In 'Abwein, the ruins of houses, the doorsteps, the surrounding courtyards, the plaza, the alleys, the olive groves, and the springs, were all incubators of a peasant culture that was once highly collective and productive. During RIWAQ’s restorative work over three years, this abundance of open space around historic buildings was used as a medium for bringing back life to the historic center, upgrading the living conditions of current residents, saving the abandoned historic section from further deterioration, and creating a legible link between the Old Town and the newer more developed area of town.
RIWAQ began working on the realization of an “archeological park” in order to stabilize the deteriorated fabric of the historic center. Ruins would be transformed into a network of small open spaces connected to surrounding courtyards, plazas and alleys, and would open to the landscape that ‘residents could visit for picnics and family activities. This way, historic open spaces would become a destination for families, and would have a key role in the revitalization of the surrounding historic buildings. With a pronounced sense of community—through festivities and outdoor social activities in historic 'Abwein—rehabilitated outdoor spaces would be the common thread to connect historic and abandoned “al Qu'ur” to its respective residential upper-hill town of “ad Dhaher.”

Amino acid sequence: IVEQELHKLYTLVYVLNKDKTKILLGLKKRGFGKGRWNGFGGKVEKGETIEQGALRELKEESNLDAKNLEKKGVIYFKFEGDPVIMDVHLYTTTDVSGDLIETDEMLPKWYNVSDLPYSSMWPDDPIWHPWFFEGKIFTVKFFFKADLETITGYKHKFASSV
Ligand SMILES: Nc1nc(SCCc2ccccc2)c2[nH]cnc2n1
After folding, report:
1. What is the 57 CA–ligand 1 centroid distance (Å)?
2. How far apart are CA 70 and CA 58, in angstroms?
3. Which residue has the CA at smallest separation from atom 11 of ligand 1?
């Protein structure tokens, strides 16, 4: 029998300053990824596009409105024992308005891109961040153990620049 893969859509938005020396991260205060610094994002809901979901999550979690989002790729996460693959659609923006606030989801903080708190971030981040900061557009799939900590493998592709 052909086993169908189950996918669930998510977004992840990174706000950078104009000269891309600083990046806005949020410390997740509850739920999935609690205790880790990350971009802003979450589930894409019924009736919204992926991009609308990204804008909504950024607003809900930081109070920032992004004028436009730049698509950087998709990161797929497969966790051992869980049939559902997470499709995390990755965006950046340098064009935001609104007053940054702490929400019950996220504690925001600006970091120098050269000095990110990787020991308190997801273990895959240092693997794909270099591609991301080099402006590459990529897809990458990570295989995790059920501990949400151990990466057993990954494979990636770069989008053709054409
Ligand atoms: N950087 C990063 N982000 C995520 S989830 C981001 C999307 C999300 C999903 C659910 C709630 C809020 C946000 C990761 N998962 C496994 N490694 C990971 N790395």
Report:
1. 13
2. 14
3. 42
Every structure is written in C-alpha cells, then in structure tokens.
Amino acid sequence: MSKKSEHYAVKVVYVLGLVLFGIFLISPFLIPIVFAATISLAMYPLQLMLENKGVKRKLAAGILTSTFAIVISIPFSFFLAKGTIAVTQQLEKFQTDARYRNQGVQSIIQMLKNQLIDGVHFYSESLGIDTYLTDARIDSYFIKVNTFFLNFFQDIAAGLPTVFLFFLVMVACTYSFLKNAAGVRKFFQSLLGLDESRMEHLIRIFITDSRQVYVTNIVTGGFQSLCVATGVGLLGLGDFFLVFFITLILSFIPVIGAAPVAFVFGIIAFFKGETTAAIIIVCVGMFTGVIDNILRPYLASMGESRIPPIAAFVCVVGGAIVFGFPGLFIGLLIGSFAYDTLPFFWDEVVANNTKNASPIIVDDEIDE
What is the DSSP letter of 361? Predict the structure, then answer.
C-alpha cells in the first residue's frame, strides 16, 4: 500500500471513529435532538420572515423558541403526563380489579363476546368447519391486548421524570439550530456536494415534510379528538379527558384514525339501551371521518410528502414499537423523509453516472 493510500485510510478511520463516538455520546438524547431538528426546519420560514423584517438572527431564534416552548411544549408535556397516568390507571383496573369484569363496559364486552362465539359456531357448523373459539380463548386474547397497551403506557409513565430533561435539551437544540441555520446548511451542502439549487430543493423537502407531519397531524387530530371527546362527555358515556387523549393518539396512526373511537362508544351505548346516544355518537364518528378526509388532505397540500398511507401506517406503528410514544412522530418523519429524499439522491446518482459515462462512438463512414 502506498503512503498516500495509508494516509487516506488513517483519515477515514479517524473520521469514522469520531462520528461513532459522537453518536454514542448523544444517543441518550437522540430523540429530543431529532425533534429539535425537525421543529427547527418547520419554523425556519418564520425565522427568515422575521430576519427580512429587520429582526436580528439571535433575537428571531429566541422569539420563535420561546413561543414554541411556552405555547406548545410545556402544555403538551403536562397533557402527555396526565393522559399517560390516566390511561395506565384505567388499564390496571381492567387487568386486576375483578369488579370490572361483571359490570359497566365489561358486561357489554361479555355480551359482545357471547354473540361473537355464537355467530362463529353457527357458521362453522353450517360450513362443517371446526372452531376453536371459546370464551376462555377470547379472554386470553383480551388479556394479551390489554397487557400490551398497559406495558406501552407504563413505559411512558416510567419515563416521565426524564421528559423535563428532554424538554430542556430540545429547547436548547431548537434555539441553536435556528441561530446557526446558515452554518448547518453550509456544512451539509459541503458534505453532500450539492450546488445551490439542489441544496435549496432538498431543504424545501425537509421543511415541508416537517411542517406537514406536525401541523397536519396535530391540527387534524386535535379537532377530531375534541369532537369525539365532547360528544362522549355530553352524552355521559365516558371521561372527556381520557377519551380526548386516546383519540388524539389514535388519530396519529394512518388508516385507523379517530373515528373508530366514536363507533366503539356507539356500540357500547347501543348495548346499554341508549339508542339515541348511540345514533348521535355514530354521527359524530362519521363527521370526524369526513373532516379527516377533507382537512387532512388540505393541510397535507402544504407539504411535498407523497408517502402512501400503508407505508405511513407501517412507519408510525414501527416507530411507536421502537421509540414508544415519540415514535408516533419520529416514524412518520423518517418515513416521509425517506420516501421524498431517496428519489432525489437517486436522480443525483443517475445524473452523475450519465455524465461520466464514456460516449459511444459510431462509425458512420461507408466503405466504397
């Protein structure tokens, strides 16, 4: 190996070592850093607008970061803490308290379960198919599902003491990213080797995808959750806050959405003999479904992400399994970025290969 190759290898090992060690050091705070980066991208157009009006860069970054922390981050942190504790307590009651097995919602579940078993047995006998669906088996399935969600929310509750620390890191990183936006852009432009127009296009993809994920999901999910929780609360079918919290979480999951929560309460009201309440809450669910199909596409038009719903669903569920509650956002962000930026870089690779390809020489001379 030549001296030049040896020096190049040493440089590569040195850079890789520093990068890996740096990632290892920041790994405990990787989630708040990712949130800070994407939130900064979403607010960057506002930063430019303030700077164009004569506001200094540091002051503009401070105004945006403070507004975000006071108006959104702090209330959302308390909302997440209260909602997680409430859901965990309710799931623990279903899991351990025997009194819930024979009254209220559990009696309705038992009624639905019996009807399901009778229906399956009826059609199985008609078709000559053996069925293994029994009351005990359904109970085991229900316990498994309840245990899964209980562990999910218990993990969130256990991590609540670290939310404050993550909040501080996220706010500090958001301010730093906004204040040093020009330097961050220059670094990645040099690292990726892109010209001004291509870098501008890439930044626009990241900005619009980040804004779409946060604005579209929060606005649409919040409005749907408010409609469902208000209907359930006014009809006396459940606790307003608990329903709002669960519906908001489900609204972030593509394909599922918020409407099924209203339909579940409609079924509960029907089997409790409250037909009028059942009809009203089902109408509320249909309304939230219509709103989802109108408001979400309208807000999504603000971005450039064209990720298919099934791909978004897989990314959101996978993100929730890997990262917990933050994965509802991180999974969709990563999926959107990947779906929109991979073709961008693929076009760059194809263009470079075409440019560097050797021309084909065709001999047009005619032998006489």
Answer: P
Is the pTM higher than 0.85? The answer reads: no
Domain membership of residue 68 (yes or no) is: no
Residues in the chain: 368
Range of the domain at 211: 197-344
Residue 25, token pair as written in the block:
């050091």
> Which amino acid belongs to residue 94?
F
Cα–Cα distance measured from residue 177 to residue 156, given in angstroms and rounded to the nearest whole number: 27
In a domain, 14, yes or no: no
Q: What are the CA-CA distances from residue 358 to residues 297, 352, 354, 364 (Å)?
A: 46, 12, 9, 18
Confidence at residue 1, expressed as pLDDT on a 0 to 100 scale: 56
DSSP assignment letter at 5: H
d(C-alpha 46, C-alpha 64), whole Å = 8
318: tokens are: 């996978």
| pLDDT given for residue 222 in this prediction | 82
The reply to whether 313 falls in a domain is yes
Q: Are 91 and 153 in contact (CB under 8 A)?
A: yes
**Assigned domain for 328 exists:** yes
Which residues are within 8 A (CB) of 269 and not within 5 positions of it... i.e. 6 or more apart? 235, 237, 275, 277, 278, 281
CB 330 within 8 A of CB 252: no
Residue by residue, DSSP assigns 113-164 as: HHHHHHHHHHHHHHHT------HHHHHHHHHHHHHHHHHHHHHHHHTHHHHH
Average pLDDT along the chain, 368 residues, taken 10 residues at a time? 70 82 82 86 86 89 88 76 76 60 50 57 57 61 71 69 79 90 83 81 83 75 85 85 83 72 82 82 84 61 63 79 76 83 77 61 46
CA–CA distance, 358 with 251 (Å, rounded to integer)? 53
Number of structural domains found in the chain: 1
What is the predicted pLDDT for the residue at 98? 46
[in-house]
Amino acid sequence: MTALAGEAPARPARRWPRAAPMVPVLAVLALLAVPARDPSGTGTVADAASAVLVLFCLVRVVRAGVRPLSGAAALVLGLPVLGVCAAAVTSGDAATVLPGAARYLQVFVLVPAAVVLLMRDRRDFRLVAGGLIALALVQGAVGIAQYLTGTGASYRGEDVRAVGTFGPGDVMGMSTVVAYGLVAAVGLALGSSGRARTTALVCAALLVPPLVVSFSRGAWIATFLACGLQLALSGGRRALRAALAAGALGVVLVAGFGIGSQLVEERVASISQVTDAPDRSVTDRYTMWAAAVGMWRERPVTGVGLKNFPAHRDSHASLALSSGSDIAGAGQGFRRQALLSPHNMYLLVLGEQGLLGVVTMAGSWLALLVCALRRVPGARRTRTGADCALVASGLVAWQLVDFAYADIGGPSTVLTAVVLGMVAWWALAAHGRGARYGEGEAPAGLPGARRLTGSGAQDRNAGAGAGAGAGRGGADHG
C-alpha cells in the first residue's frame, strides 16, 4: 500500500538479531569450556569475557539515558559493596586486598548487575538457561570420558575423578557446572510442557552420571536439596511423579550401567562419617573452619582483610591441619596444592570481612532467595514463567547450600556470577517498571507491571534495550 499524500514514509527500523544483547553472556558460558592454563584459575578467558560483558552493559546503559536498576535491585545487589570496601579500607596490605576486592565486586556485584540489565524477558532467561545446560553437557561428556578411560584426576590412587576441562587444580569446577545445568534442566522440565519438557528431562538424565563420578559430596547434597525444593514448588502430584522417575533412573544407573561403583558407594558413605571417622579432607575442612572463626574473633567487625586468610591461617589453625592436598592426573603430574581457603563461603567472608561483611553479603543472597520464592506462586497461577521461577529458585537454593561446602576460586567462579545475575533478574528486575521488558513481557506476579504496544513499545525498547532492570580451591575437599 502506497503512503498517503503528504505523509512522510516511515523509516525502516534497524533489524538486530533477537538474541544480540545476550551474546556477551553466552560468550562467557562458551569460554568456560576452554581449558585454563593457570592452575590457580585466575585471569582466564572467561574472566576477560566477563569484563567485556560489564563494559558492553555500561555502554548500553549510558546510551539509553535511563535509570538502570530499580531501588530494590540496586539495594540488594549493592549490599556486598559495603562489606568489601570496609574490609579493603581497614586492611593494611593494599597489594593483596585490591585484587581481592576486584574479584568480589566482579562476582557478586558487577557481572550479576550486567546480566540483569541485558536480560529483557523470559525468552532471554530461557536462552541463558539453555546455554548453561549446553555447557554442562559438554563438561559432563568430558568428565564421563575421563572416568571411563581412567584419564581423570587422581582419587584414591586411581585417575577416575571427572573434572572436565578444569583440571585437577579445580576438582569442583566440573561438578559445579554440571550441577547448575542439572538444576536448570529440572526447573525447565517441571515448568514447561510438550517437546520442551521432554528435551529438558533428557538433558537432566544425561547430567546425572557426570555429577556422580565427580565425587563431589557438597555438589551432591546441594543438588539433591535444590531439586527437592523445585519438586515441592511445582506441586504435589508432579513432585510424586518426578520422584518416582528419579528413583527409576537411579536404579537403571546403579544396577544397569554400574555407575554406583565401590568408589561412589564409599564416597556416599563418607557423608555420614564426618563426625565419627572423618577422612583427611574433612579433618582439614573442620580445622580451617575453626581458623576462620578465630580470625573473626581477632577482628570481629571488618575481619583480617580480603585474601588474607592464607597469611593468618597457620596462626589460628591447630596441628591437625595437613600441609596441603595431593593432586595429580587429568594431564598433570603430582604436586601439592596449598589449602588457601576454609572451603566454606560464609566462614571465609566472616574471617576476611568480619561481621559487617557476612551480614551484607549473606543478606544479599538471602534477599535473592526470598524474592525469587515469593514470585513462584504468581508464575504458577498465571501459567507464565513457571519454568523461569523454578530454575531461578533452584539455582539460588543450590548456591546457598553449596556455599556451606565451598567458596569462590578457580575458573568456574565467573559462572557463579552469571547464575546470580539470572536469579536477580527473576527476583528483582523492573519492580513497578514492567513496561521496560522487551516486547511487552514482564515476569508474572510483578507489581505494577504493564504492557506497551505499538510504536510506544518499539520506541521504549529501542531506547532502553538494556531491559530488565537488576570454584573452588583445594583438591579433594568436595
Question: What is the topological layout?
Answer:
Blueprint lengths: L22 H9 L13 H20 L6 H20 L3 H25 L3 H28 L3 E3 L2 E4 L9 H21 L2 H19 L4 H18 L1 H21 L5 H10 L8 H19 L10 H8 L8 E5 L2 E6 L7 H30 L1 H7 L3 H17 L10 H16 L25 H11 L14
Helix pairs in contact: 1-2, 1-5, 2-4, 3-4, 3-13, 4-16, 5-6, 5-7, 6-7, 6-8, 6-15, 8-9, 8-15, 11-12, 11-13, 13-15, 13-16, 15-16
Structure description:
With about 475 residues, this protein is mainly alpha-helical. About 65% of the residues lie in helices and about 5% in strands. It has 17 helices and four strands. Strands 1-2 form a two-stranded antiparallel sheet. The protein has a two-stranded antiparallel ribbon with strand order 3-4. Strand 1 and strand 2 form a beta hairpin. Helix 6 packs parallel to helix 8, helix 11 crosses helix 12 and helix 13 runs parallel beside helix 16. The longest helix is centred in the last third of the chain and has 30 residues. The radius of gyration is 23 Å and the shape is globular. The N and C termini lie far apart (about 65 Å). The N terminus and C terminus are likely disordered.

The idea was to convert ruins into porous spaces, allowing multi- functions, meanings, and borders. The relationship between public and private space would merge, as well as the relationship between indoor and outdoor space.
In partnership with 'Abwein’s municipality, a protection plan for the historic center was prepared. This included identifying all of 'Abwein's historic buildings and archeological sites, delineating the boundaries of the historic center, and proposing a set of planning by-laws to guarantee the protection of the village’s cultural heritage properties.
RIWAQ implemented preventive conservation measures to the Suhweil Castle, which had serious structural and physical problems.
The ‘Abwein project started with several voluntary events as a way to get to know the community, and to engage village youth in the rehabilitation of their historic center. Twelve unemployed ‘Abweinis volunteered to clean up abandoned courtyards. This was followed by another volunteer cleanup day by 50 students from 'Abwein Girls School and Ramallah Friends School. Students were stationed across the historic center, cleaning alleys and courtyards and promoting the rehabilitation project to its residents.
The cleanup days were the starting point of RIWAQ’s first physical implementation in the village, where the abandoned historic center was addressed and ruins were uncovered.
Parallel to the work onsite, fifteen owners of historic buildings in the targeted area for conservation were invited to discuss the rehabilitation project in 'Abwein, and to explore the possibility of renovating their houses with RIWAQ's assistance.